Stoplight anniversary highlights just how far traffic safety has come

The humble stoplight recently celebrated its 101st anniversary, creating a prime opportunity to pause and reflect on just how far traffic safety has come over the years – and to look ahead for what changes may still be in store.

On August 5, 1914, the first electric traffic signal was installed in Cleveland, Ohio, according to the History Channel. The original stoplight was operated by hand from a nearby control state and had just two signals: red and green.

Today’s familiar three-color stoplight was not introduced until a few years later. According to streets.mn, a non-profit organization devoted to transportation and land-use issues in Minnesota, the first three-color stoplight was installed in Detroit in 1920. However, in its original form, the yellow signal flashed to indicate a change from red to green – not from green to red as is standard in the traffic lights of today.

Modern technologies focus on communication

Far from those humble beginnings, traffic safety innovations have become increasingly high-tech and specialized over the past century. Some historical highlights along the way include:

  • Safety glass (1924)
  • Windshield wipers (1925)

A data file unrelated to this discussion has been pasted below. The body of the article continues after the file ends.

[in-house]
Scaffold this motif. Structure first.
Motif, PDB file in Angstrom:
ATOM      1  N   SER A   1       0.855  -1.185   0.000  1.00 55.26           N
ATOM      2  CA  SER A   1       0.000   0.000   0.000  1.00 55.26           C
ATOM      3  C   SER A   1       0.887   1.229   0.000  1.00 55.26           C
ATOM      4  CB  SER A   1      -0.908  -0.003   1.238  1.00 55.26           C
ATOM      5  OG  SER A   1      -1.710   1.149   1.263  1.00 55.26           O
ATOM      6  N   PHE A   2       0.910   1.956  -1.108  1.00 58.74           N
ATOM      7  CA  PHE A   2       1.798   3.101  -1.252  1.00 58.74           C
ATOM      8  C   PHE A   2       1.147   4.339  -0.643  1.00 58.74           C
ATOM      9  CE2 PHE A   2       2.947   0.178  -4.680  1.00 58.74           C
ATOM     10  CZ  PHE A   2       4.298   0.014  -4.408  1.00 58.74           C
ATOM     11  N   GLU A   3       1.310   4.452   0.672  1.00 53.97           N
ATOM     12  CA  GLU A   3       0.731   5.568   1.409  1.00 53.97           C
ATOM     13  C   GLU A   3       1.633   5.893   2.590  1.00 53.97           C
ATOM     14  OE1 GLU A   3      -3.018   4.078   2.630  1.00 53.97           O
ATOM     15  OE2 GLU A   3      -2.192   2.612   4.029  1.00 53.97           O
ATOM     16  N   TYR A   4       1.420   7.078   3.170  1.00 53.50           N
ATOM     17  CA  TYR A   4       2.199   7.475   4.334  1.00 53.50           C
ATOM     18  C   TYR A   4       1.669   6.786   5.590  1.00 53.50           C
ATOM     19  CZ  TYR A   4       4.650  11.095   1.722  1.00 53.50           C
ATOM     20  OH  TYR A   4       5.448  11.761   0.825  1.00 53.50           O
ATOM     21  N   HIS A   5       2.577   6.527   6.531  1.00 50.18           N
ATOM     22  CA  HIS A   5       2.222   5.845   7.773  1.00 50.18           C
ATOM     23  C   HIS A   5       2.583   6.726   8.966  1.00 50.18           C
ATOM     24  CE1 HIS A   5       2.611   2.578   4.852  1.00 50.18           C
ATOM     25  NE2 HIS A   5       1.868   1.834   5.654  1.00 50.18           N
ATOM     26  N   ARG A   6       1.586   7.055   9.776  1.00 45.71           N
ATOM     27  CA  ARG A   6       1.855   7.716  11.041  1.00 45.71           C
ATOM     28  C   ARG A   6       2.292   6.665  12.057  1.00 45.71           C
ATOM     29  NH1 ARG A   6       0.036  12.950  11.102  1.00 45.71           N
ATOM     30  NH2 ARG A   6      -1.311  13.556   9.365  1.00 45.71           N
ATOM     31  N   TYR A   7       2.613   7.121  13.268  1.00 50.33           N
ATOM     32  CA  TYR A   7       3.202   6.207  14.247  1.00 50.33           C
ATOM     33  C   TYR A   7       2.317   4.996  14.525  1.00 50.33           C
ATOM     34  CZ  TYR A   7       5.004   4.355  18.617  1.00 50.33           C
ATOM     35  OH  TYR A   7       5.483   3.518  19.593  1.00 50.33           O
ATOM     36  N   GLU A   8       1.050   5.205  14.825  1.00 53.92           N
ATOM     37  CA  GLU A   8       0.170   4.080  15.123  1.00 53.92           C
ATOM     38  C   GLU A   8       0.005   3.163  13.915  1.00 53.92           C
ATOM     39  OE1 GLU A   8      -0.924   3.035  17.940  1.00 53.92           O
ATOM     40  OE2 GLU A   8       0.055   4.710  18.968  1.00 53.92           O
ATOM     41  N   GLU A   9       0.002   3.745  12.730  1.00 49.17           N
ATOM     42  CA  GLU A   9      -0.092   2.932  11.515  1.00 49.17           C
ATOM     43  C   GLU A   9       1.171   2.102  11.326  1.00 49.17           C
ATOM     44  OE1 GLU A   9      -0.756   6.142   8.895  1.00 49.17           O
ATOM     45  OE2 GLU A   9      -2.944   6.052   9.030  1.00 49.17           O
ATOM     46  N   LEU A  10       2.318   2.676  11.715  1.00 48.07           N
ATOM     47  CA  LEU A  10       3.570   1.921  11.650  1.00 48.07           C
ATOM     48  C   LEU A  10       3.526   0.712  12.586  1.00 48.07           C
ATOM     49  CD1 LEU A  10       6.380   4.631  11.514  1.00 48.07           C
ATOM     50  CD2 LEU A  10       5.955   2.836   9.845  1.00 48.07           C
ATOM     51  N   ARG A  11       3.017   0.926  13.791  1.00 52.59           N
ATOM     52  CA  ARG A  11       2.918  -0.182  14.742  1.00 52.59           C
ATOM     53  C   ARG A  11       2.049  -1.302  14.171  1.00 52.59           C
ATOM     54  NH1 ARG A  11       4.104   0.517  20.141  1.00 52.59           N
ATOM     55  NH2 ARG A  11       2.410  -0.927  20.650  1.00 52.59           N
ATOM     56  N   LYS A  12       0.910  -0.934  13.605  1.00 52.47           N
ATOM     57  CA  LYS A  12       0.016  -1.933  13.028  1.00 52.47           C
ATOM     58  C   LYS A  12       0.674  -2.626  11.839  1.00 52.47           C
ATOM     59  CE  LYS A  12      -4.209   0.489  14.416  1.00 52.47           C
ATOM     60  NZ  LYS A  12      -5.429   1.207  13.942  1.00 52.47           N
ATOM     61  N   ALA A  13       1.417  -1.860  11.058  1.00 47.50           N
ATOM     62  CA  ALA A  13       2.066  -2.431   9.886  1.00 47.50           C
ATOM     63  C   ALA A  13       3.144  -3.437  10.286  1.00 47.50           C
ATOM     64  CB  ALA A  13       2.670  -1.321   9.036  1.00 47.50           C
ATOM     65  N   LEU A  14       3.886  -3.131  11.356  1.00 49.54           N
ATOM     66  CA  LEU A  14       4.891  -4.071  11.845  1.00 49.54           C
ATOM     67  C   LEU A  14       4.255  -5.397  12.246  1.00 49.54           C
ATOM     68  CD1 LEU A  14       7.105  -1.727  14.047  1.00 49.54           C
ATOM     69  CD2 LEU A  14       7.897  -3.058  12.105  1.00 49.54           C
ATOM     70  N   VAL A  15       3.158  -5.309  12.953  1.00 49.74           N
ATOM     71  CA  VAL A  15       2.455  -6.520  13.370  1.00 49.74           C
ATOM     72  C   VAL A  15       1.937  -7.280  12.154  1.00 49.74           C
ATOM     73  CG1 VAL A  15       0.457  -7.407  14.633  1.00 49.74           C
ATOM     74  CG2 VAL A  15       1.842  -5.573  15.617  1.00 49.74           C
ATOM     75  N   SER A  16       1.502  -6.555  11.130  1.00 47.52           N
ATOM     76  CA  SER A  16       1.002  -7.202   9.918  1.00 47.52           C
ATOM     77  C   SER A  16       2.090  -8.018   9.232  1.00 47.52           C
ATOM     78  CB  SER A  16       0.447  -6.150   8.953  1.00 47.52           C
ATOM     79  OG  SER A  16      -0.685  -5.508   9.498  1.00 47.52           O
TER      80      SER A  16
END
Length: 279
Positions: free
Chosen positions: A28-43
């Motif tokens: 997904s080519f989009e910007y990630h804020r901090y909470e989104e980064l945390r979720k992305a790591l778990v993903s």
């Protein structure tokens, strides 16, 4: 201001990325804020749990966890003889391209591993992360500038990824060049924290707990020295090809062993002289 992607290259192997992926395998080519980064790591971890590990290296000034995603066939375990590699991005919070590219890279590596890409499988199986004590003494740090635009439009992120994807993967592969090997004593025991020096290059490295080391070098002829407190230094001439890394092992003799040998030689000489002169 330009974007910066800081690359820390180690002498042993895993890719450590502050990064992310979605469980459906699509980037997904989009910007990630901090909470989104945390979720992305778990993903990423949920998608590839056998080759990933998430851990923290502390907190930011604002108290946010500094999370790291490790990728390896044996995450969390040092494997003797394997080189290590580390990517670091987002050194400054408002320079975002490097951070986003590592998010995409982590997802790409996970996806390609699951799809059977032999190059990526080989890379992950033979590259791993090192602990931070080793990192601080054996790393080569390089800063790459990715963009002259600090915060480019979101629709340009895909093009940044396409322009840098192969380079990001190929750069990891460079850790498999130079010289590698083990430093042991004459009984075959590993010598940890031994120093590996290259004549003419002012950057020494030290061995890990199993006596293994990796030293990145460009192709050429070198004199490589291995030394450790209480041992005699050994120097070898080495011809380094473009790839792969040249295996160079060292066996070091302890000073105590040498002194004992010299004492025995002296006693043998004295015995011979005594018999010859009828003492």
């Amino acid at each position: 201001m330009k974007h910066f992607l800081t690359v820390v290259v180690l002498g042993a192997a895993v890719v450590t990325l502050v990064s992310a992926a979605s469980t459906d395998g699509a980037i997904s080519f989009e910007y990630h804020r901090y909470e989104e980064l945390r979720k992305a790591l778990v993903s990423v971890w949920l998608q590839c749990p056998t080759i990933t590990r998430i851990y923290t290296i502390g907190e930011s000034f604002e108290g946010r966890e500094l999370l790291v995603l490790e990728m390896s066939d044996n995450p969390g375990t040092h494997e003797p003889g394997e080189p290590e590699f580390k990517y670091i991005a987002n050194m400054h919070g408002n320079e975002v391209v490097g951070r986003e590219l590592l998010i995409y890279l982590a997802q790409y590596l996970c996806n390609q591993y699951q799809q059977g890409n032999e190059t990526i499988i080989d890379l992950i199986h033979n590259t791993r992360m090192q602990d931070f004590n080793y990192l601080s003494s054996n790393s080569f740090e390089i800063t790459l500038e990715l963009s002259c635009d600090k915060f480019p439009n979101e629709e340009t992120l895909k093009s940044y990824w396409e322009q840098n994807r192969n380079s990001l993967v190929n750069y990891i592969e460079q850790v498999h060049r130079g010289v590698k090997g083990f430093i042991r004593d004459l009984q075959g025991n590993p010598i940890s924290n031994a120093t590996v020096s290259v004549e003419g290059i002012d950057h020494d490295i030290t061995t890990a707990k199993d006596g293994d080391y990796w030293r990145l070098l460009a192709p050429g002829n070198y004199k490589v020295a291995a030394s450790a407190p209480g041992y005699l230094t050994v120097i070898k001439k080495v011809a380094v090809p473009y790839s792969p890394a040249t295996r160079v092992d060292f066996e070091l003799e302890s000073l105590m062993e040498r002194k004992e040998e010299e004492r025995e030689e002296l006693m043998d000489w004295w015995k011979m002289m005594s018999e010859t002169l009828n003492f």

• Four-wheel brakes (1950)
  • Seat belts (1950)
  • Anti-lock brakes (1970)
  • Air bags (1974)

Much like the original traffic light, many modern traffic safety innovations aim to eliminate car accidents by facilitating communication among drivers – or, as is increasingly the case, among the vehicles themselves.

Automatic braking is one such example, which was introduced in 2009 to allow vehicles to detect nearby hazards and apply the brakes automatically if the driver fails to do so. Similar technologies are incorporated into vehicle-to-vehicle communication systems, which allow vehicles to communicate directly with one another about their speed, location and direction of travel in order to detect potential collision risks, warn drivers and take measures to prevent a crash when necessary. In the United States, the federal government is in the process of developing regulations that could make such technology standard in the near future.

New weapons in the battle against distracted driving

Features like automatic braking, lane-departure warnings and vehicle-to-vehicle communication systems were developed partially in response to the growing epidemic of distracted driving in the cellphone era. Some automakers have begun offering features that address this issue even more directly by using cameras and computers to monitor drivers for signs of distraction. By tracking drivers’ head and eye movements, the systems can detect when a driver may be distracted and issue a warning to the driver to redirect his or her attention to the road. While this technology is still relatively new and uncommon, only time will tell if it may one day become a standard vehicle safety feature.

Get legal advice after a crash

People who are injured in traffic accidents are encouraged to contact an experienced personal injury to discuss the possibility of pursuing a claim for compensation. Drivers who are distracted, under the influence or otherwise negligent can be held legally and financially liable to anyone who is hurt as a result of their carelessness. Contact Paige J. Donnelly, Ltd., to learn more if you or a member of your family has been hurt in a crash.

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